Then I got a call from my agent saying I was the number 1 choice for that role and that it was based on a book, and three books. I thought, instantly, I was going to be a part of something that could be a trilogy. That is a great thing for an actor to be attached to three movies because it means job security. So, I got the job and then I read the book and I loved it! I thought, “Oh. I prejudged. This kind of book can be good. It is more of a romance just set in a world where vampires exist and I am kind of digging this.” So, I went off and did the first film.
LADYBRILLEmag.com: What about X-Men?
Edi: I am a huge fan of X-Men. Me and my brother would wake up every Saturday with our bowls of cereal and watch a bunch of cartoons. I loved Wolverine. I remember when I was in NYU, I went to the theater on one of our very few days off and saw X-2 and I said to the screen, “I wanna be [that]!” I grew up watching X-Men. They made it into a movie, the action was very well done and I wanted to be in that. So, when this audition came about, I went to it and heard I was one of the top choices. I flew out to London, met the director and just stayed there because he hired me.
LADYBRILLEmag.com: Whoa Edi, sitting here and listening to all of your hard work and accomplishments inspires me and I don’t event know you.
Edi: (Gives a hearty laugh)
LADYBRILLEmag.com: (Laughs) Funny right. (Laughs) Share with our audience some of your upcoming projects?
Edi: I have a show called “Wild Card.” It is a pilot and is a show that takes place in Las Vegas. Basically, people misbehave in Vegas and what happens in Vegas stays in Vegas. They get thrown in jail and when the sun goes down, our job is to get them out of jail before the sun comes up.
LADYBRILLEmag.com: So you really get into a law enforcement role?
Edi: Yeah. It is two lawyers and an investigator. I am the investigator. It is a law show.
LADYBRILLEmag.com: Nice. I can’t wait. I wanna see that. If it’s a law show, I’m on it.
Edi: (Laughs) So, I got that and then I am supposed to do a play called “Superior Donuts” here in Los Angeles.
LADYBRILLEmag.com: Very nice. So we are about to wrap things up.
Edi: One of the things I want to say before we get off is how very difficult it is in this business. It would be remiss of me if I don’t say that. I spent almost a year and a half unemployed and this is after Twilight.
LADYBRILLEmag.com: After Twilight?
Edi: Yes. It is a profession you just never know. After all I had accomplished, I didn’t know if I was ever going to work again. I have to say that I knew that was an illogical thought based on all that I had done. (Logically) I knew it would be more fruitful but when you have a year and a half of doubt where you are just trying to get hired and nobody to hire you, it is a tough place to be. I think every actor goes through that at one point or another and if they are very successful in the beginning, it will be a very tough pill to swallow later on in their career.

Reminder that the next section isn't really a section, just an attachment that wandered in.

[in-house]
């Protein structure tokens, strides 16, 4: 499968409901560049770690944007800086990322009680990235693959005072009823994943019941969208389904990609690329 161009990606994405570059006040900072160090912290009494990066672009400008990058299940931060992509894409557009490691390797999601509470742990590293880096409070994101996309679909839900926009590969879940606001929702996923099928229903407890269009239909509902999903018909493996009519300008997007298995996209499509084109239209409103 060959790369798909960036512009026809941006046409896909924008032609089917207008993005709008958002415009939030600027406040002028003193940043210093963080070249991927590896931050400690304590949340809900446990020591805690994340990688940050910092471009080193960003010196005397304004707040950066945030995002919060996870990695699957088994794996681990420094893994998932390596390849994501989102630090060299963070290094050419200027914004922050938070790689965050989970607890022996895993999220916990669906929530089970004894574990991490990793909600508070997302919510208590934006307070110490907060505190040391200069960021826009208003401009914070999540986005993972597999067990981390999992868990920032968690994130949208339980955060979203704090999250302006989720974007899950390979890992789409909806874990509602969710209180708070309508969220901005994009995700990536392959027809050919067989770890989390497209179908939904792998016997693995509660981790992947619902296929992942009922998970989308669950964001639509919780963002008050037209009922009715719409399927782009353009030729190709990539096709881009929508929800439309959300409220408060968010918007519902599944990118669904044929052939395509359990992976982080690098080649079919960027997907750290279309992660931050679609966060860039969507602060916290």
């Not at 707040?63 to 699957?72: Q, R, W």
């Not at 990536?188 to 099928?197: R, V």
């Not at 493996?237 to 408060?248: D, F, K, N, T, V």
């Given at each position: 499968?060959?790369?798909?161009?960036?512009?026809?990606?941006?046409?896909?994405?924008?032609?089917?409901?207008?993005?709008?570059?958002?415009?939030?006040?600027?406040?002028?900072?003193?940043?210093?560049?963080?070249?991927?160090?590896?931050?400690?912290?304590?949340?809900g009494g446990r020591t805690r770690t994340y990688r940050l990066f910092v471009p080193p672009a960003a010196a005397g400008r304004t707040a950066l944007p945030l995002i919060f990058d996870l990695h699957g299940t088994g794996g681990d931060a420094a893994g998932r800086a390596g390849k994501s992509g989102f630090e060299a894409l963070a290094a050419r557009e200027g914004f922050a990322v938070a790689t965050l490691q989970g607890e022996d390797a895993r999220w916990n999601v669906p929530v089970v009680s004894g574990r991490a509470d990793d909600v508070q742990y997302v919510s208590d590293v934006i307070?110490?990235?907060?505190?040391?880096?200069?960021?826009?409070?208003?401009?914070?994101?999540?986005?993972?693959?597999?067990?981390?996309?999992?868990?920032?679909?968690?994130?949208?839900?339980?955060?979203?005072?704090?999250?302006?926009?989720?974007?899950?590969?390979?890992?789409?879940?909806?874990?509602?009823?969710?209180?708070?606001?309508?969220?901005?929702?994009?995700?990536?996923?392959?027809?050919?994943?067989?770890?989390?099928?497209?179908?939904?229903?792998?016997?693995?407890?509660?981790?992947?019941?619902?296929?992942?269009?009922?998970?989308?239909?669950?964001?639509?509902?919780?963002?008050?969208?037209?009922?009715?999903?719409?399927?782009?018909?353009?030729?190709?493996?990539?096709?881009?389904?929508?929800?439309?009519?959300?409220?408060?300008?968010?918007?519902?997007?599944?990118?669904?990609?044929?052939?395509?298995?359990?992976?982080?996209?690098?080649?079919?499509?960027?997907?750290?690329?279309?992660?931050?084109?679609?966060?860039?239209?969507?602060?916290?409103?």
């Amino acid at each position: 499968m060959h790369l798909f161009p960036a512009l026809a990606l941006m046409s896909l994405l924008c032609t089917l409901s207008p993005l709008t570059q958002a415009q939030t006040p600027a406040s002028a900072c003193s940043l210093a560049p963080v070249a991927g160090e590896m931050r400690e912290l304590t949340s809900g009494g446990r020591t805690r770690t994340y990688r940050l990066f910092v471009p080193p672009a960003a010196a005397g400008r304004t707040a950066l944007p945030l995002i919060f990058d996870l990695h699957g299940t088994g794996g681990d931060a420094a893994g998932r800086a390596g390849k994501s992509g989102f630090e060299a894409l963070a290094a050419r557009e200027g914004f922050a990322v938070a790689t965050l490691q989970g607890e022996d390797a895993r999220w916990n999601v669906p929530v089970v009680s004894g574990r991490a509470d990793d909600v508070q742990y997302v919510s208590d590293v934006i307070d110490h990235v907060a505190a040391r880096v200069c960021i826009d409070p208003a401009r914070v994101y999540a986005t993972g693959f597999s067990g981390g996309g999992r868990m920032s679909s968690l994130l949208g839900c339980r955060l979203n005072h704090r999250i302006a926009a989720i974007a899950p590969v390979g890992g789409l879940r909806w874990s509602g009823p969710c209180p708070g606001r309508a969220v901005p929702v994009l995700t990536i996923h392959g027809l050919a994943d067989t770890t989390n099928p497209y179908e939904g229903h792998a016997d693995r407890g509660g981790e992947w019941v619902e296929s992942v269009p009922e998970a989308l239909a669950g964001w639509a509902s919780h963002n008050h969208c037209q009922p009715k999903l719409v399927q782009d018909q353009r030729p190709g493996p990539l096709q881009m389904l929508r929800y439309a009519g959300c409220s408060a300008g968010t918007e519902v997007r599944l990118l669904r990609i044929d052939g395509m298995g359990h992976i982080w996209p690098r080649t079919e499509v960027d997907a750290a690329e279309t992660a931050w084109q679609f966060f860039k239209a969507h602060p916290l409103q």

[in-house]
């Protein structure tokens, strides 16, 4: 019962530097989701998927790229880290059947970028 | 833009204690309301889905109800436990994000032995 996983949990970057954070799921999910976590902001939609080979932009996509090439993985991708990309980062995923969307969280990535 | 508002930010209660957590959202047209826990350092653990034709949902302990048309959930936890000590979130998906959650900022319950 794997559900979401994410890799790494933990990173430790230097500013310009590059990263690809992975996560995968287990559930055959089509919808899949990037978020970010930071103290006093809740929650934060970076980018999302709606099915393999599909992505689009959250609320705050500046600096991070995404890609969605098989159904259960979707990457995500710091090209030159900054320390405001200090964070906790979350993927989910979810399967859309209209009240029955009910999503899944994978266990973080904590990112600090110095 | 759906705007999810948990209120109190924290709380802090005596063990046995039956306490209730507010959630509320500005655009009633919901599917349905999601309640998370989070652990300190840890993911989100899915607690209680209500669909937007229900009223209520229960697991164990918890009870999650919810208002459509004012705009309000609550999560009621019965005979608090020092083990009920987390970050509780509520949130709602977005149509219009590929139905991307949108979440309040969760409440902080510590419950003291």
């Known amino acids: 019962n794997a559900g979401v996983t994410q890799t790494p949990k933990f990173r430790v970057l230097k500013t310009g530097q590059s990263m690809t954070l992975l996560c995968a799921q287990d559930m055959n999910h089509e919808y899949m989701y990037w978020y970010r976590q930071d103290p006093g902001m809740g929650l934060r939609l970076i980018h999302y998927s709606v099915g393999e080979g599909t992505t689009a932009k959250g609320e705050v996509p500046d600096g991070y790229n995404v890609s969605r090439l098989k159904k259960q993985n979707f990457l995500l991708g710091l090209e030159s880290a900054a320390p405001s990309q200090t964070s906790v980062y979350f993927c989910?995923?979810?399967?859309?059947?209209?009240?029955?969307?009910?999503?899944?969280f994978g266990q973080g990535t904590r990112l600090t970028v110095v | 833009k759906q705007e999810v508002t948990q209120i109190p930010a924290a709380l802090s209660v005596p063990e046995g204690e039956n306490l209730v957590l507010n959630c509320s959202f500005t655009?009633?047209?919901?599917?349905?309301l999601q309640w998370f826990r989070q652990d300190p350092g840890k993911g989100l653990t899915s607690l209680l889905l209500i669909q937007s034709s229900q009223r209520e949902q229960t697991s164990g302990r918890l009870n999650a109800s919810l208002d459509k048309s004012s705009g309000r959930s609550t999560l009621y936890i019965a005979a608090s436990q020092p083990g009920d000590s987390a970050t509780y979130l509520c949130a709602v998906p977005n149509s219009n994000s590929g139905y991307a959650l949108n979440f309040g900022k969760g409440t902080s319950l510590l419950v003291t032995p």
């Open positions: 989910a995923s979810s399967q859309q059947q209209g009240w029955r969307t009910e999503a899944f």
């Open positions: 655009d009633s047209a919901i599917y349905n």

LADYBRILLEmag.com: No joke. It can crush your ego and reduce self-confidence. So, that makes me ask you, what is your plan B for the times when it can or does get rough?
Edi: That is a really good question. I remember one of my college friends asked me that question when I was in college. I had a reunion with her a few years ago and she reminded me of this question (and my answer). I couldn’t believe I said it (the answer) but I was so proud of myself that I said it. She asked me “what is your plan B if this does not work out for you?” This is when I had just begun taking my acting classes. She said I said, “if I have a plan B, then it is because I don’t believe enough in my plan A.”
LADYBRILLEmag.com: So there is no Plan B?
Edi: Yeah, for me. This is what I want to do. This is what I was made to do. I will say the more and more I continue on this journey the more I am convinced I love to tell stories. That is not exclusive to acting. I also write. Maybe the plan B is knock out the screenplays and go back to writing. But, I know I want to be a story teller.
–Uduak Oduok is the Founder and Editor-in-Chief of Ladybrille Magazine/Ladybrillemag.com.
-Photocredit: Frankie Batista
Founded in 2007, Ladybrille® Magazine is a California based pioneer digital publication demystifying the image of Africans in the west through contemporary African fashion and celebrating the brilliant woman in business and leadership, with an emphasis on the African woman in the diaspora. Our coverage includes stories on capital, access to markets, expertise, hiring and retention, sales, marketing, and promotions.